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Cattaneo v. Aquakleen

Cattaneo v. Aquakleen

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Published by Michael_Lee_Roberts

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Published by: Michael_Lee_Roberts on Oct 24, 2012
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12/04/2012

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IN THE UNITED STATES DISTRICT COURTFOR THE DISTRICT OF COLORADOHonorable R. Brooke JacksonCivil Action No. 10-cv-02852-RBJ-MJWNICK and ROXANNE CATTANEO, as individualsand as parents of ELIJAH CATTANEOPlaintiffs.v.AQUAKLEEN PRODUCTS, INC.,Defendant.
ORDER on PENDING MOTIONS
This is a personal injury action removed by the defendant from the Adams CountyDistrict Court. It is set for a 10-day jury trial commencing October 15, 2012. A number of motions are ripe for decision and are addressed in this order.
FACTS
Plaintiffs Nick and Roxanne Cattaneo sue on behalf of themselves and their child Elijah.In their Complaint [docket #1-3] plaintiffs allege that in June 2006 they purchased a waterrefinement system for their home from AquaKleen Products, Inc. However, it is undisputed thatAquaKleen
’s installer, who was not a licensed plu
mber, installed the system improperly, creating
a “cross
-
connection” between
the AquaKleen system and a sewer pipe in the home. Plaintiffsclaim that, as a result, sewage contaminated their water supply, which in turn caused them tosustain illnesses and damages.In what might be regarded as a classic case of overkill, plaintiffs asserted 11 claimsstating different theories of liability. Over time the claims have been trimmed down a little. At
 
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the present time plaintiff continues to press seven claims on behalf of Mr. Cattaneo and the childand one claim on behalf of Mrs. Cattaneo. The claims are (1) negligence, (2) negligence per se,(3) respondeat superior, (4) negligence under apparent authority, (5) deceptive trade practices,(6) negligent hiring, training and supervision, (7) outrageous conduct (the latter being the onlyremaining claim of Mrs. Cattaneo).Not to be outdone, after denying most of the factual allegations, AquaKleen asserted 31separate defenses. [#8]. In addition AquaKleen named the South Adams County Water &Sanitation District; one of 
the District’s employees, Charlene Seedle; and other “unknown
governmental entities or individuals as
“non
-
 parties at fault.” [#27].
CONCLUSIONS
 
[Defendant’s]
Motion for Summary Judgment [docket #60]: GRANTED IN PARTAND DENIED IN PART.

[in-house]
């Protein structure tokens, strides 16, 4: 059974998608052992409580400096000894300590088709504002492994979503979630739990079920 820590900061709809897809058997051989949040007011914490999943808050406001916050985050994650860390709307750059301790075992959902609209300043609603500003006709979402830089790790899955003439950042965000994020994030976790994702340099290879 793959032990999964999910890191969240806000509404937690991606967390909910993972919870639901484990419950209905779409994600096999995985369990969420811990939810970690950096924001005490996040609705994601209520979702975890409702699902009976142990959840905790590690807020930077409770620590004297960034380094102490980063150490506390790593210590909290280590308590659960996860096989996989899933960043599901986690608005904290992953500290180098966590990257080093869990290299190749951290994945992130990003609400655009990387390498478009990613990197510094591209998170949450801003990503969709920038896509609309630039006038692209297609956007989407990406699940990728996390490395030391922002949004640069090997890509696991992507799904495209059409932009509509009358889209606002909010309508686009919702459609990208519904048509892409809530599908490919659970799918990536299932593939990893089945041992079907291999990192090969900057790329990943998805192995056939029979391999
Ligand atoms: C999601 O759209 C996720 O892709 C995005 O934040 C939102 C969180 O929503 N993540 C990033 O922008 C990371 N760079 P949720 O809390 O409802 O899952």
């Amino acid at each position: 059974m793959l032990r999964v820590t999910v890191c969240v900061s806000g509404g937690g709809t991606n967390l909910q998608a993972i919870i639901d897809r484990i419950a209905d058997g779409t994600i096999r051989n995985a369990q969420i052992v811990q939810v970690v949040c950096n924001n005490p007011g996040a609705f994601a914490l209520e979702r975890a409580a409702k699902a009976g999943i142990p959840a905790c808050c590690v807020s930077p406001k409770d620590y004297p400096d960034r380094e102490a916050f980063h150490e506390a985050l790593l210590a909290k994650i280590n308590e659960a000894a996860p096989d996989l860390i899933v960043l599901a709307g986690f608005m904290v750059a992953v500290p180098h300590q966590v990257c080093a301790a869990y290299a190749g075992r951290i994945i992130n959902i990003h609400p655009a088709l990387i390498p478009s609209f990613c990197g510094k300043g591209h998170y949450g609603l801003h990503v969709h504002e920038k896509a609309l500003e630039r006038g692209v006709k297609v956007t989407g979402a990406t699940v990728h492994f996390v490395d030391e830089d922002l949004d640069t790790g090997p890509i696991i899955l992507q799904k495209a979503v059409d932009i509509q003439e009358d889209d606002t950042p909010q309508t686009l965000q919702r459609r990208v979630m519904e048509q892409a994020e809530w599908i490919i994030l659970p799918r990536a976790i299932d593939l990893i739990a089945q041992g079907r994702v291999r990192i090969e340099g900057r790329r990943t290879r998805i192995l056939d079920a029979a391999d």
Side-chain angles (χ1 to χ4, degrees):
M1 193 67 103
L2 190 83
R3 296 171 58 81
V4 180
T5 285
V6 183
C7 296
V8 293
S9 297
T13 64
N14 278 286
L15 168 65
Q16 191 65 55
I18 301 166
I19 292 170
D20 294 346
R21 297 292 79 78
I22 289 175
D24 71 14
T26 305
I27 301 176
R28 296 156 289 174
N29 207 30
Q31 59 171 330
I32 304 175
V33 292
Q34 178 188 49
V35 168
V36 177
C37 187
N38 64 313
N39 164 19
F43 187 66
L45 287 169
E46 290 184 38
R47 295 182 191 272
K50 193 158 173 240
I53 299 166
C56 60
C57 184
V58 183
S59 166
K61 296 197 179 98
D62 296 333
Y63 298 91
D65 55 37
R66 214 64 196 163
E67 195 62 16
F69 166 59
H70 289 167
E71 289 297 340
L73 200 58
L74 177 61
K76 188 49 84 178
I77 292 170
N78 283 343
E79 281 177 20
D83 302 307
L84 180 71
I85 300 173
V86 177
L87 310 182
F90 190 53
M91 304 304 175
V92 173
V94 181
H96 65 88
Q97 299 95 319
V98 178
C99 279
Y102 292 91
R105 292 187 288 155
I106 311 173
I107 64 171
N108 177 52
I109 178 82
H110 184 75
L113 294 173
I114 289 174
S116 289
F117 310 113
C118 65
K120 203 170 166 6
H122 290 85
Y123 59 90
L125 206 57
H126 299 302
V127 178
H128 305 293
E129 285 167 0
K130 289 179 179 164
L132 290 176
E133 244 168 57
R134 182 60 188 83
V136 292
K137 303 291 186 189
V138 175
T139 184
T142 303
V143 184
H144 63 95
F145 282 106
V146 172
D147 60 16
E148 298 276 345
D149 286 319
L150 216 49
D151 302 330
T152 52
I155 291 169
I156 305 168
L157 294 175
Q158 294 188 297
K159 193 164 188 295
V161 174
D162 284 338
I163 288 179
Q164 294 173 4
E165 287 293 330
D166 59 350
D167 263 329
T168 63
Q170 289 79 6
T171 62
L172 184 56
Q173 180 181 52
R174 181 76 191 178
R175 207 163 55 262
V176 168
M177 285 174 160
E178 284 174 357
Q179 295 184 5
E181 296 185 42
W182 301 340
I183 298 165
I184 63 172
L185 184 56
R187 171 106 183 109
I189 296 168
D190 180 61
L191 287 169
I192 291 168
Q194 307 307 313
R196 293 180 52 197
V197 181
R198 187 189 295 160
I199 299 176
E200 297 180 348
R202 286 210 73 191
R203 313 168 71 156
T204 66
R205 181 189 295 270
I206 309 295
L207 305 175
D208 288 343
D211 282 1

Defendant’s motion for summary asks the Court to dismiss all claims or “such claims as
the court sees fit for dismi
ssal.”
The part
ies’ briefing on this motion is
extensive. One mustremember, however, that summary judgment is a limited remedy. It requires courts to deny theparties a trial only if it is shown that there are no genuine issues of material fact in dispute that arational jury could decide in favor of the non-moving party. Fed. R. Civ. P. 56(c). Furthermore,
the Court must “view the evidence and draw reasonable inferences therefrom in the light mostfavorable to the nonmoving party.”
Simms v. Okla. ex
rel. Dep’t of Mental Health & Substance
 Abuse Servs.,
165 F.3d 1321, 1326 (10
th
Cir. 1999).
 
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CausationAquaKleen
’s overriding argument, applicable to all claims, is that
plaintiffs have noadmissible evidence that the cross-connection caused injuries or damages to the plaintiffs. Thatargument largely turns on whether the
testimony of the plaintiffs’ toxicology expert, Dr. Steven
Pike, is admissible. For the reasons discussed in connection with motion #74 below, I hold thatthe testimony is admissible. Therefore, the motion for summary judgment cannot be grantedbased on lack of evidence of causation.Negligence (claims one, three, four and six)Plaintiffs allege that AquaKleen was both directly negligent, by improperly training andsupervising the individuals who sold and installed the system, and liable for the negligence of theinstallers on theories of respondeat superior and agency. AquaKleen counters that the installers
were “independent contractors”
whom AquaKleen had no duty to train or supervise, and forwhose negligence AquaKleen has no responsibility.Generally speaking, one is not liable for the negligence of an independent contractor.
 Huddleston by Huddleston v. Union Rural Electric Association,
841 P.2d 282, 287 (Colo. 1992).A tr
uly “independent” contractor, as the name
suggests, operates free of the control and
supervision of an “employer.” However, merely labeling someone an “independent contractor”
does not make it so.
Faith Realty & Development Co. v. Industrial Commission,
460 P.2d 228,229 (Colo. 1969). As defendant acknowledges, a key factor is whether the person hiring the
individual has the right of control over the person’s work. Motion [#60
-2] at 10 (citing
 Moses v. Diocese of Colorado,
863 P.2d 310, 324 (Colo. 1993)).

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